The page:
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When to go Native?

  • Mobile App Development
  • Software Development

15 October 2020

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When it comes to app development, the hardest decision is often the first one: When do you go native? When do you go hybrid? And the reason for this is simple: the mobile application is nowadays viewed as one of the most dynamic business tools, and evaluating how these decisions will reverberate in the future is vital for your company as they may spell the difference between success and failure for you and your projects.

Mobile applications have, without a doubt, become the new standard for building up a connection with customers

In today’s world, having mobile applications enables companies to provide their users with convenient and up-to-date experiences for not only software products but any other service in general, such as banking, rideshare, and delivery of goods, to mention a few. Therefore, each company is eventually facing the question: Which is better: native or hybrid? We will attempt to answer that question here, but since both approaches have their strengths and weaknesses we suggest focusing on which is better for your specific business needs rather than which is better overall.  The bottom line is that there is no right answer that applies to everyone.

Different companies have different objectives, budgets, time restrictions, marketing strategies, and business life cycles stages

Before we start the argument on the subject, we need to make sure we clearly understand the differences between cross-platform frameworks and native development.

Native Applications: a Native App refers to an application built completely using technologies native to a particular operating system; this could be Android, iOS, Windows, or BlackBerry OS. For Android, native apps are usually built using Java, while for iOS a native app can be built using Objective-C or more recently Swift. 

From a usability perspective, a native application does not necessarily differ from its cross-platform counterpart, but it is definitely worth noting that native applications developed for a specific mobile operating system usually have a more user-friendly interface. This happens because, during the development of native applications, UI/UX specialists and programmers can more effectively craft the interface and experience because they know what UI approaches tend to be more proper on a specific operating system. For instance, the “back” button on iOS devices is different than the one on Android devices, therefore when developing a native app these types of considerations must be taken into account to give users a better experience.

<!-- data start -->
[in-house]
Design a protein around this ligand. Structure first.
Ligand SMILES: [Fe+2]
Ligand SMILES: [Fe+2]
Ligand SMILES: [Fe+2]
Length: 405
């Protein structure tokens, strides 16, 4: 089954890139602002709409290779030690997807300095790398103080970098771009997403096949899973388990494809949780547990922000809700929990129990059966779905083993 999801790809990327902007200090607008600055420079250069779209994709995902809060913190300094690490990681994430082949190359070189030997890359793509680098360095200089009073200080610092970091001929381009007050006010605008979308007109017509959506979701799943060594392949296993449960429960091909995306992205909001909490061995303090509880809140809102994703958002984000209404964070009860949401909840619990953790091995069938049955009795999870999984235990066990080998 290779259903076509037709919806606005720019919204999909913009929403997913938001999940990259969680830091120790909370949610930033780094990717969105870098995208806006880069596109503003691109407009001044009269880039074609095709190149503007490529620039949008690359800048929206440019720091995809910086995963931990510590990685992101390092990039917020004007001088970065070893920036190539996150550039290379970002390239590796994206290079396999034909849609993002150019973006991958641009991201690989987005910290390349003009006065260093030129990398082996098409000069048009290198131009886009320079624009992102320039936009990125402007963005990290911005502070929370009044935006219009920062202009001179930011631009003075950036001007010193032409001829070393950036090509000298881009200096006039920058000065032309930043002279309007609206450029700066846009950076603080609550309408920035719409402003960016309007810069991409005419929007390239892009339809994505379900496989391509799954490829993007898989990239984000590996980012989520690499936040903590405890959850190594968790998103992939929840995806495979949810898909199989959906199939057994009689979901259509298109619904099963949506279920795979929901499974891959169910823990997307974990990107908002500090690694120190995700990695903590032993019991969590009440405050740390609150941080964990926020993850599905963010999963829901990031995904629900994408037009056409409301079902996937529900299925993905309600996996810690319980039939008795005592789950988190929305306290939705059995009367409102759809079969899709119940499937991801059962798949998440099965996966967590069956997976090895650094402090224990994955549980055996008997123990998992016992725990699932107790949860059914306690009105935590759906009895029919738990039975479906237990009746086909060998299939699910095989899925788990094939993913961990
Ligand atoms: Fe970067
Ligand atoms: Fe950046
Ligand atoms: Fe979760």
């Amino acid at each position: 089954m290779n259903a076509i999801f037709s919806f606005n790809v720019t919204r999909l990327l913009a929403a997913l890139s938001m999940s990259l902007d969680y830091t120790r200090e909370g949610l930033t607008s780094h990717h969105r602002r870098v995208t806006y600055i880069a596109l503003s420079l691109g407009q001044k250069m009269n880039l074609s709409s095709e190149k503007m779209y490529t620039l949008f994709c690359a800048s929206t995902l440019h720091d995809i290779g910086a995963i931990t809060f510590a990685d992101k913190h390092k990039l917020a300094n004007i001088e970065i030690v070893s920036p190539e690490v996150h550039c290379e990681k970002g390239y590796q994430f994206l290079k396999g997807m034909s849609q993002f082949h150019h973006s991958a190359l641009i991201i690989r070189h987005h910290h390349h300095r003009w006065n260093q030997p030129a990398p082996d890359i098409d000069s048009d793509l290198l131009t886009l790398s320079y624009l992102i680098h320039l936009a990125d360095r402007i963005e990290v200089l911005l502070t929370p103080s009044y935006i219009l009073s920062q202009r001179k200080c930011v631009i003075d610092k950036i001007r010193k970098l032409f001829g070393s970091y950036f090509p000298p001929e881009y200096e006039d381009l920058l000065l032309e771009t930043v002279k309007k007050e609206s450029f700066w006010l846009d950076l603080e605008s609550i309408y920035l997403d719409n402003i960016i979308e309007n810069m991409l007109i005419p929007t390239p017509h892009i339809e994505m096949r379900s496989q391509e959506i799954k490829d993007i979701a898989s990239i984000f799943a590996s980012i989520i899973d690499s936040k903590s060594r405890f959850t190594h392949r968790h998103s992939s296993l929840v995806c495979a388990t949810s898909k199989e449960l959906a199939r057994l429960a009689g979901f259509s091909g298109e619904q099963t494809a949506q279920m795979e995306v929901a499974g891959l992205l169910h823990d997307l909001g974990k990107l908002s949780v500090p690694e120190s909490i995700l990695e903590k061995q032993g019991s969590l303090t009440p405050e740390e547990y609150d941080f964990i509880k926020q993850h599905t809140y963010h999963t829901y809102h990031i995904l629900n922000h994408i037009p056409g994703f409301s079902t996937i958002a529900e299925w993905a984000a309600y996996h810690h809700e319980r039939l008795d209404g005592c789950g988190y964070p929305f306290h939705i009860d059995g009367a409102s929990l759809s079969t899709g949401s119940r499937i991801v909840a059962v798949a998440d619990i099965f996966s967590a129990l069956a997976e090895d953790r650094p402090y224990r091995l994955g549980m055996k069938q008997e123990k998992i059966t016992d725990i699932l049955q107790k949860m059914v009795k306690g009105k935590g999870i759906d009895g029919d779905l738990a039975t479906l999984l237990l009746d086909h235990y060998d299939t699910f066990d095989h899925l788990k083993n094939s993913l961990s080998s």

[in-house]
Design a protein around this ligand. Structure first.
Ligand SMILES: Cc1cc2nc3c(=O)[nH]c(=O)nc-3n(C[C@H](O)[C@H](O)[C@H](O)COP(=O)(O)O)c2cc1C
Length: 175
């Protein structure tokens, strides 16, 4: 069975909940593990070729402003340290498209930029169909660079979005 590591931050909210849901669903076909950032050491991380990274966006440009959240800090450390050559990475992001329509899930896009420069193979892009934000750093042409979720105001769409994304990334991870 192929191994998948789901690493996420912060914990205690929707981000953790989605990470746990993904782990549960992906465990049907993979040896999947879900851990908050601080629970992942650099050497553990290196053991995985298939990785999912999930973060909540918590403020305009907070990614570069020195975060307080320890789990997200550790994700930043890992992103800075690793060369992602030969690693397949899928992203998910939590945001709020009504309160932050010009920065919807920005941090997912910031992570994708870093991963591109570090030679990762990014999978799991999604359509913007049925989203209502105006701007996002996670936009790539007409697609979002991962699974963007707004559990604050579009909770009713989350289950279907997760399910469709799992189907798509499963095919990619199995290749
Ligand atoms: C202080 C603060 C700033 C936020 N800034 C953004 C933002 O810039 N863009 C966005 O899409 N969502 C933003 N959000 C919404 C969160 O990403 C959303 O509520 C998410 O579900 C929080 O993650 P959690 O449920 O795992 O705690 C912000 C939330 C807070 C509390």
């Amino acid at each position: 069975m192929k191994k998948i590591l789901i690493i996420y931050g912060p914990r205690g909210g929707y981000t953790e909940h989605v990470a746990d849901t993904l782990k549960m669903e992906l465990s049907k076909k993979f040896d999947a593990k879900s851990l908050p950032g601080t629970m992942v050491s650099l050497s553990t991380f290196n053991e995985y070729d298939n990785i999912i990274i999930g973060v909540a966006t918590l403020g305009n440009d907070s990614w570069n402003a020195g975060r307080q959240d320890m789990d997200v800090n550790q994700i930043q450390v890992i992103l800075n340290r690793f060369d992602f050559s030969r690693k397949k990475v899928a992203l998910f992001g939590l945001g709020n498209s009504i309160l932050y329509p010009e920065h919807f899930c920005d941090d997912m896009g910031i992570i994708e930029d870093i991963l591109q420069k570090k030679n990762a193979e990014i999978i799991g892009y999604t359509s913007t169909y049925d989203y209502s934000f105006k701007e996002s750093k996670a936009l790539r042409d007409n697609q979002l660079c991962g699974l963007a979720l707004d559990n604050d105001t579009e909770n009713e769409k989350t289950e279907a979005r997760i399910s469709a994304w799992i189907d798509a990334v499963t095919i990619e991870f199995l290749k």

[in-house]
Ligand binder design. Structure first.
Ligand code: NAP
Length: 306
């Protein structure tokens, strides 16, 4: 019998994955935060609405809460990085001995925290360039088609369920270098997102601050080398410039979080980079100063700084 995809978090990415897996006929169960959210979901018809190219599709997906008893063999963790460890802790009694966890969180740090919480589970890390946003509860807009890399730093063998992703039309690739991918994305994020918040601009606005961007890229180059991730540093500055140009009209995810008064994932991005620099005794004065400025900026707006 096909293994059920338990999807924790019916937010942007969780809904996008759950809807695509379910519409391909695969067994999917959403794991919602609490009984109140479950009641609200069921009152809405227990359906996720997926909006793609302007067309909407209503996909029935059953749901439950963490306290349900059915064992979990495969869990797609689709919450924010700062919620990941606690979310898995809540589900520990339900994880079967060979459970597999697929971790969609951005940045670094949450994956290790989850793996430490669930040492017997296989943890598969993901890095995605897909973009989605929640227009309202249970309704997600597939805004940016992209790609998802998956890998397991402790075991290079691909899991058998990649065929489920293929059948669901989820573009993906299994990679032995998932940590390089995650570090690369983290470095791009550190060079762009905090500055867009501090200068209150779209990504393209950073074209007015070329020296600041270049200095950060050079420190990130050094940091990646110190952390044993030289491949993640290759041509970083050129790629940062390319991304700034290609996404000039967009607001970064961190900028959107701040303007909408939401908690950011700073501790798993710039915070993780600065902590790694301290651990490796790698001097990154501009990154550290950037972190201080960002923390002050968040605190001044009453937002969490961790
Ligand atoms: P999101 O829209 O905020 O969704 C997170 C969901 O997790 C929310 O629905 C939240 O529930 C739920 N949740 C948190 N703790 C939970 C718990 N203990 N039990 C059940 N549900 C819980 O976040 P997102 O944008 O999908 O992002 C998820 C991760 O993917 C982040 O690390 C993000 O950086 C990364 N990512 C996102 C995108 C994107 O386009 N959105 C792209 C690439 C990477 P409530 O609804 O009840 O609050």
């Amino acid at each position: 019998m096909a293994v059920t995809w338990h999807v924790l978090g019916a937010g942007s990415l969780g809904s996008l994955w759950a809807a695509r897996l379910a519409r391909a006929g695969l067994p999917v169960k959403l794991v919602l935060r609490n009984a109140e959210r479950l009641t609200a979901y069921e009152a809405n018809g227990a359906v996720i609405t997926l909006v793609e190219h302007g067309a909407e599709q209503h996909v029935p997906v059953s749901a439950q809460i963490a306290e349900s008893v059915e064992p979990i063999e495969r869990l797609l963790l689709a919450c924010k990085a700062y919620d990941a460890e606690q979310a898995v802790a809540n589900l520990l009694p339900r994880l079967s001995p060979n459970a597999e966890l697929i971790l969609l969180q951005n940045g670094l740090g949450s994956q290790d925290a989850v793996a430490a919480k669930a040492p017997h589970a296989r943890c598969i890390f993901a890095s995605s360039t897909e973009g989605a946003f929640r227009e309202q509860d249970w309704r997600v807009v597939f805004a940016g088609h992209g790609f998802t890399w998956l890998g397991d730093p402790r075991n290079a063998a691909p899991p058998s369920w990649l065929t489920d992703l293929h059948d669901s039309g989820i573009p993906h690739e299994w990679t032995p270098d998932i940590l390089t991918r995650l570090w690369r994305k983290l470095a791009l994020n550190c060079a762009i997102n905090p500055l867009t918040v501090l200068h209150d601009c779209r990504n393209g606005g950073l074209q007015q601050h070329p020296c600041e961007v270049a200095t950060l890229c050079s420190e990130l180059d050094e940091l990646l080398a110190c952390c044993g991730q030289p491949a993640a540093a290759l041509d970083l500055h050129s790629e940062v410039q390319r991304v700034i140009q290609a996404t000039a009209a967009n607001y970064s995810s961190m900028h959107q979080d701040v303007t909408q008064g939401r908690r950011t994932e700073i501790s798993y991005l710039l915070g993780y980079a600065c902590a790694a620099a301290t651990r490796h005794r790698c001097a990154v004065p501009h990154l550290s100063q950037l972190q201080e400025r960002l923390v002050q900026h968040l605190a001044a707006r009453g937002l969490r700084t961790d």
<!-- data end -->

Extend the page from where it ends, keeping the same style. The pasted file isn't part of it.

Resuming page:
Advantages of Native mobile application development:

  • Overall functionality: There is no need for plugins or extra tools since the application will already have all the necessary features and different databases.
  • Better performance: Native applications are faster since they are built with a framework that is native to the operating system.
  • Customer experience: They can work offline and they will definitely have high-performance capabilities.
  • Data protection: This is the main advantage that companies are interested in providing to their customers, especially in the applications with sensitive data such as the enterprise and fintech sectors.
  • Comprehension: Since the developers are already aware of all the strengths and weaknesses of using the technologies, they will quickly find the right approach to get desirable results.

Disadvantages of Native mobile application development:

  • Distributed codebase: Even to this day, there are various features that are not available on both operating systems causing a lack of compatibility.
  • Time and money-consuming: Distribution of users among two different platforms doubles the amount of work and testing needed to keep both applications running smoothly. Instead of building one product for its user base, a company must run two parallel product builds and work to keep them in sync.